The proposed project concerns the development of a computational strategy, coined *virtual material testing*, for predicting the macroscopic mechanical properties such as elasticity, plasticity and damage. Essential features are computational homogenization on Representative Volume Elements (RVE) and the statistical sampling of RVE-realizations. The tool will be applied to a few model materials with distinct (and different) mesoscale features: Duplex stainless steel (DSS) and nodular cast-iron. In particular, the purpose is to produce *virtual experimental data* for upscaling, i.e. for calibration of phenomenological constitutive models relevant to the chosen model materials, or it will be used as part of *nested* meso-macroscale computations (FE^2-technology). The following main tasks will be carried out: (1) Develop the *virtual material testing* strategy for estimating bounds on effective properties with given confidence. (2) Develop a strategy for dimensional reduction from 3D subscale modeling to 2D (or 1D) macroscale modeling. (3) Compute macroscale yield and subsequent loading surfaces in the macroscale stress space. (4) Simulate Manson-Coffin and Wöhler relations pertinent to Low-Cycle-Fatigue (LCF). (5) Calibrate the subscale constitutive models from macroscale tests, whereby experimental data from the literature and from (current and previous) partners involved in experimental research will be used.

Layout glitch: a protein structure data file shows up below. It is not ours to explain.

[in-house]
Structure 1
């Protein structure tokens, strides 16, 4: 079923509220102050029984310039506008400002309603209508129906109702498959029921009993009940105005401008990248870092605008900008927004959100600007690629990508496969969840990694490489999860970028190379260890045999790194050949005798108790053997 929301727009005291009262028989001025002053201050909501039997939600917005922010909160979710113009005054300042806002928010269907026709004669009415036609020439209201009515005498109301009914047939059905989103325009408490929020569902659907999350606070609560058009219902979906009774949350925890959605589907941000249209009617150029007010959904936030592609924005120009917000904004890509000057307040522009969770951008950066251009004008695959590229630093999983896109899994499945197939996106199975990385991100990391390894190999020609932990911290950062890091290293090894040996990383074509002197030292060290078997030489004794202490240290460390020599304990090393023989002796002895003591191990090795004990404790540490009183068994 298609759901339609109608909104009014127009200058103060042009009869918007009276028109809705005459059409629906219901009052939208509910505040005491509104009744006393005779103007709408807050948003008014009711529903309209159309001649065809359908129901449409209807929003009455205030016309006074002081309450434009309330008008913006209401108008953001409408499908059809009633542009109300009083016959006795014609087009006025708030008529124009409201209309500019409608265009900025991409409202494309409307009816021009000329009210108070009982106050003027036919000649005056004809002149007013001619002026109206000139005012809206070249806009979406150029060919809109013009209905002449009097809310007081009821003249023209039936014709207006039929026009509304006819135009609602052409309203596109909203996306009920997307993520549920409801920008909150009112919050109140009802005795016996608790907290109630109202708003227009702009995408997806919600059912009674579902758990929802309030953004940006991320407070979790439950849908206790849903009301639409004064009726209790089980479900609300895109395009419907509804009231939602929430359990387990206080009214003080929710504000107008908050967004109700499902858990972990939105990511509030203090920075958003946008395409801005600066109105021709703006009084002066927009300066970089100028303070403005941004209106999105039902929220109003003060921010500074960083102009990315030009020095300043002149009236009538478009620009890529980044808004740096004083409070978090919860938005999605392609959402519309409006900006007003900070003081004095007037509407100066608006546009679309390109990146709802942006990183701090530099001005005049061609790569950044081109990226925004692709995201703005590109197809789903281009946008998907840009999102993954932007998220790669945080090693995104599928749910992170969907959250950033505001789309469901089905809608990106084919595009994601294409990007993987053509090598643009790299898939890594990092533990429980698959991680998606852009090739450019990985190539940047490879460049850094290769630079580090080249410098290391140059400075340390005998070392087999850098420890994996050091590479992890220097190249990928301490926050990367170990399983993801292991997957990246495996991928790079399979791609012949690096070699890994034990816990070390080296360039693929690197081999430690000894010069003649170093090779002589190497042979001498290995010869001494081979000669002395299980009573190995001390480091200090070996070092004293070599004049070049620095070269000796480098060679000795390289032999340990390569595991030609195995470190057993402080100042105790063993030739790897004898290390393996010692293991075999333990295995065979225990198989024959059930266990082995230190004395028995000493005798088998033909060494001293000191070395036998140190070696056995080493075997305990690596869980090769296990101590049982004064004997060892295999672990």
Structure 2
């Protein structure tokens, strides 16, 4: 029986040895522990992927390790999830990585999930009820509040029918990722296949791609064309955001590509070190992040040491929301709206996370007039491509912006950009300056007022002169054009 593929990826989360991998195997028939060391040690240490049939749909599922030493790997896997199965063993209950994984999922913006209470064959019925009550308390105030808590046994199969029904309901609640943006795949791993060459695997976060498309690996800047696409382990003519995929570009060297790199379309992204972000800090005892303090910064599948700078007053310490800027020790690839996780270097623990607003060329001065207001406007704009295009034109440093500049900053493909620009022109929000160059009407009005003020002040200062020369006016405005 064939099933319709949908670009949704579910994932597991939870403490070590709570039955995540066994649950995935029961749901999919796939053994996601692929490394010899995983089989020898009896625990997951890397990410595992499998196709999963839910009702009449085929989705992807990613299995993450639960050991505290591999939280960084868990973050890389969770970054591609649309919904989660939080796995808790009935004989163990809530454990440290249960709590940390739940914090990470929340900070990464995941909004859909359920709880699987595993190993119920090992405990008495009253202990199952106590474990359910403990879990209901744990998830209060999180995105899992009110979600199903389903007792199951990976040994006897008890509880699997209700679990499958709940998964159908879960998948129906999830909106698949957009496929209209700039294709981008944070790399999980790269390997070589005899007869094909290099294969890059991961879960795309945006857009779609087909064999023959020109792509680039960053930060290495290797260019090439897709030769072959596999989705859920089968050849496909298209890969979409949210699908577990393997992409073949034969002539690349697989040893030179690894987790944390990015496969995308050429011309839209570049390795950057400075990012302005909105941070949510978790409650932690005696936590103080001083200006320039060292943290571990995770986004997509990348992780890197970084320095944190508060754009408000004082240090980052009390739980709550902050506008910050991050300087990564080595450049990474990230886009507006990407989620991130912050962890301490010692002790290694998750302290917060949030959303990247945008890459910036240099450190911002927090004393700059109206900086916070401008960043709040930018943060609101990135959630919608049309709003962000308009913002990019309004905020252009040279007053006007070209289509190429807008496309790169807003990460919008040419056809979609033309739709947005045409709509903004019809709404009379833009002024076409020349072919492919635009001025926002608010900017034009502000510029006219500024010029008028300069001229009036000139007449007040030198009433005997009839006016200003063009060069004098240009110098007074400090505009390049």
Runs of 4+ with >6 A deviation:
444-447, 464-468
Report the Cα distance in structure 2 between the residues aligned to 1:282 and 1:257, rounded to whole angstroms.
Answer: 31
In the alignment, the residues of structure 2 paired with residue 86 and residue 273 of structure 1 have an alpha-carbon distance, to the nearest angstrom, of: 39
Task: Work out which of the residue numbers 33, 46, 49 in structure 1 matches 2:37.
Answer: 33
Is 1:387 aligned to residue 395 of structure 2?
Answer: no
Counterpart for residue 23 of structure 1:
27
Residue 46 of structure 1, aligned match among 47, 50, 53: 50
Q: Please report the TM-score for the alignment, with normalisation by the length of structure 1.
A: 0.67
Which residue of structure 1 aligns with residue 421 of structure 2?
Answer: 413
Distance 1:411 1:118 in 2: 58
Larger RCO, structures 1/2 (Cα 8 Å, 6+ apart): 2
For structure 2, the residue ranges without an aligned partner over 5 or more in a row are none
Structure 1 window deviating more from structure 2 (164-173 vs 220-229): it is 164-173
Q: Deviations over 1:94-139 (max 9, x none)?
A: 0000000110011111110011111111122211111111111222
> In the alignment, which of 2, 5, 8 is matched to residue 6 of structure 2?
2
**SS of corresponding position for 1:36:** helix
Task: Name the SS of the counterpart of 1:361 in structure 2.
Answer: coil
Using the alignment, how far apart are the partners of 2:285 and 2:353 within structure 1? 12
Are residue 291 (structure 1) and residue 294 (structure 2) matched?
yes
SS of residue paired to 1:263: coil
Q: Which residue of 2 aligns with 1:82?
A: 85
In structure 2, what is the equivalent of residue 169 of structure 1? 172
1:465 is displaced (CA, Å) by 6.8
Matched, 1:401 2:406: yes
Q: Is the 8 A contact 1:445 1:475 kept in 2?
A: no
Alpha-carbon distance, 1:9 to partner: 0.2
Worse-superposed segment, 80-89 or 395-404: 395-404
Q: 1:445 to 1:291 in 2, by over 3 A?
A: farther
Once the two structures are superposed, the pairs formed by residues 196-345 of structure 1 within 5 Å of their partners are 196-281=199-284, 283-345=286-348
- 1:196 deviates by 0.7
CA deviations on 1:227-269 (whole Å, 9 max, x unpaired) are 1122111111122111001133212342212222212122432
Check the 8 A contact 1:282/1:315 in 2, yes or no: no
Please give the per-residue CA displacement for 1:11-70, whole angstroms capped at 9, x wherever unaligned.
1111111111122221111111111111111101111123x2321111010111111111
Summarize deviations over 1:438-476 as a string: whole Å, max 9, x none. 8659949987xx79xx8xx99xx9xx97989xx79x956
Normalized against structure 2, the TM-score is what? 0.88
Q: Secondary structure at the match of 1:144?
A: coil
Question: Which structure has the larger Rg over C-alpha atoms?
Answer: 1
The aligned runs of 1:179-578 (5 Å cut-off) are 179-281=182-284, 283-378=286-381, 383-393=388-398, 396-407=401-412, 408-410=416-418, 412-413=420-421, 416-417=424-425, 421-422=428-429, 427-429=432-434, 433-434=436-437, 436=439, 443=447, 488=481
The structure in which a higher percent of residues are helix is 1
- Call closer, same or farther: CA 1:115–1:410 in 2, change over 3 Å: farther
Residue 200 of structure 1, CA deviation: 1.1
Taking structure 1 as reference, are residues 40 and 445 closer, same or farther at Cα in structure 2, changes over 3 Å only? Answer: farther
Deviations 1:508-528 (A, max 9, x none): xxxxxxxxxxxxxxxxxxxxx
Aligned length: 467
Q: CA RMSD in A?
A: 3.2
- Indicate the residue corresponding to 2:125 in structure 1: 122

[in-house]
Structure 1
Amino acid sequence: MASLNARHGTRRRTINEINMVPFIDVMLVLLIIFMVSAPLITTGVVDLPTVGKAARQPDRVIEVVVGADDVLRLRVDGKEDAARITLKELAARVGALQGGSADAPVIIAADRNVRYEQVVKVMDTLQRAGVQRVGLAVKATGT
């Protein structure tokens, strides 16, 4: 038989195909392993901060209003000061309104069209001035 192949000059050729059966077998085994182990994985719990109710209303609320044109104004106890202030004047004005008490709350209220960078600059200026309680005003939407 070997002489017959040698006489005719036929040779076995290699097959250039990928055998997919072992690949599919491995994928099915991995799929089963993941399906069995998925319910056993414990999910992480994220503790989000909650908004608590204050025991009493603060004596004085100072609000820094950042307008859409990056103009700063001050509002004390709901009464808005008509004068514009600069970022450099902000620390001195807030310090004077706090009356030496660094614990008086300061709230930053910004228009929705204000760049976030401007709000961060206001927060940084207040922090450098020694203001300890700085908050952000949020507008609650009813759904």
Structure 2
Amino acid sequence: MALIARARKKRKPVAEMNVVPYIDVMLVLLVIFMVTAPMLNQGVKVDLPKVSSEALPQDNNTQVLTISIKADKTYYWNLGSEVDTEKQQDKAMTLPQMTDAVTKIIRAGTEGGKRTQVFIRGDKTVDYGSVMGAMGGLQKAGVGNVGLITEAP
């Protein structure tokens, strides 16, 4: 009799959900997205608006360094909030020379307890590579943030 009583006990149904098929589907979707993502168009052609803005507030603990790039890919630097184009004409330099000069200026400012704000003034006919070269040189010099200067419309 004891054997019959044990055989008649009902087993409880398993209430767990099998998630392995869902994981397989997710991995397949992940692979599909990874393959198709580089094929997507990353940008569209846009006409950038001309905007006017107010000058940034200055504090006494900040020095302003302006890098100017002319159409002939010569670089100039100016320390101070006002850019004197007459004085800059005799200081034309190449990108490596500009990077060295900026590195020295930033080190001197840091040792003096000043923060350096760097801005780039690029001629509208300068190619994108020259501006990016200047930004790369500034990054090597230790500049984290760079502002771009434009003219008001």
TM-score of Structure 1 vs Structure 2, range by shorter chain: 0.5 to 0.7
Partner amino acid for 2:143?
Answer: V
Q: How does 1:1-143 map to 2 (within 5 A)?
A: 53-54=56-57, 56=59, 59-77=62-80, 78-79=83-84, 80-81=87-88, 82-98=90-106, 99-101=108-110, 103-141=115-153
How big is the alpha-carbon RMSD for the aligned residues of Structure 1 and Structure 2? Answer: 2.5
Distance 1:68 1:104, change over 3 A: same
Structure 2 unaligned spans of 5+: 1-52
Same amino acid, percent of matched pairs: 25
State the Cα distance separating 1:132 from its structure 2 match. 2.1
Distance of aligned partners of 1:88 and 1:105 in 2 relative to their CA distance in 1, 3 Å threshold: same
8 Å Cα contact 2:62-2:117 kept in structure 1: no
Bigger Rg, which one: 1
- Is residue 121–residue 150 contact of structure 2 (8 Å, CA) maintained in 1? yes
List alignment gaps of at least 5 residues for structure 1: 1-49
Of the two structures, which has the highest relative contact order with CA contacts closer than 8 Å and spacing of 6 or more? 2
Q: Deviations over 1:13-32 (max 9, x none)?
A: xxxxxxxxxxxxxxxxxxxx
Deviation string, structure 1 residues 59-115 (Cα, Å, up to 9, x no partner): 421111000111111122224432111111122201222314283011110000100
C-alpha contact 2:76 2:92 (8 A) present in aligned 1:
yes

Professor at Applied Mechanics, Material and Computational Mechanics
Funding years 2011–2013
Chalmers Driving Force